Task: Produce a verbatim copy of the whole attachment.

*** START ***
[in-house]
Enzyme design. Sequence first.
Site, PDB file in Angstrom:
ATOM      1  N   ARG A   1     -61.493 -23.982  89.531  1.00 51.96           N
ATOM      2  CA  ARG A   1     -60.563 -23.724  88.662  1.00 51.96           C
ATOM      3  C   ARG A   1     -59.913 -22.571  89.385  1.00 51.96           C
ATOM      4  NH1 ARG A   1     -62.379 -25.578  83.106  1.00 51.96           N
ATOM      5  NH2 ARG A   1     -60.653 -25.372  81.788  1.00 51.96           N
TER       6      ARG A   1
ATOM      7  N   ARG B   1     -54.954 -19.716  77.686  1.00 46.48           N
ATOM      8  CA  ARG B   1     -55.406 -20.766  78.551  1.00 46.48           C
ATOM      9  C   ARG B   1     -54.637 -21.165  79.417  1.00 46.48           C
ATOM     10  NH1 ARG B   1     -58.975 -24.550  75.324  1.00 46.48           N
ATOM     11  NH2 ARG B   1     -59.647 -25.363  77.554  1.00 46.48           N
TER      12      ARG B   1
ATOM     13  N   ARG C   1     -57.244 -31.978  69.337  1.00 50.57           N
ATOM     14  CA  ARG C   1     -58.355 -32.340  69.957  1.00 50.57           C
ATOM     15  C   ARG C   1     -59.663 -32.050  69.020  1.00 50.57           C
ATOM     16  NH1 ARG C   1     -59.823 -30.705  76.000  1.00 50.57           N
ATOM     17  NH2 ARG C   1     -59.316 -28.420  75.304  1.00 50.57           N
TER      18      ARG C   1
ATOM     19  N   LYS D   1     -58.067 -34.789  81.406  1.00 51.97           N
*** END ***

[in-house]
Enzyme design. Sequence first.
Site, PDB file in Angstrom:
ATOM      1  N   ARG A   1     -61.493 -23.982  89.531  1.00 51.96           N
ATOM      2  CA  ARG A   1     -60.563 -23.724  88.662  1.00 51.96           C
ATOM      3  C   ARG A   1     -59.913 -22.571  89.385  1.00 51.96           C
ATOM      4  NH1 ARG A   1     -62.379 -25.578  83.106  1.00 51.96           N
ATOM      5  NH2 ARG A   1     -60.653 -25.372  81.788  1.00 51.96           N
TER       6      ARG A   1
ATOM      7  N   ARG B   1     -54.954 -19.716  77.686  1.00 46.48           N
ATOM      8  CA  ARG B   1     -55.406 -20.766  78.551  1.00 46.48           C
ATOM      9  C   ARG B   1     -54.637 -21.165  79.417  1.00 46.48           C
ATOM     10  NH1 ARG B   1     -58.975 -24.550  75.324  1.00 46.48           N
ATOM     11  NH2 ARG B   1     -59.647 -25.363  77.554  1.00 46.48           N
TER      12      ARG B   1
ATOM     13  N   ARG C   1     -57.244 -31.978  69.337  1.00 50.57           N
ATOM     14  CA  ARG C   1     -58.355 -32.340  69.957  1.00 50.57           C
ATOM     15  C   ARG C   1     -59.663 -32.050  69.020  1.00 50.57           C
ATOM     16  NH1 ARG C   1     -59.823 -30.705  76.000  1.00 50.57           N
ATOM     17  NH2 ARG C   1     -59.316 -28.420  75.304  1.00 50.57           N
TER      18      ARG C   1
ATOM     19  N   LYS D   1     -58.067 -34.789  81.406  1.00 51.97           N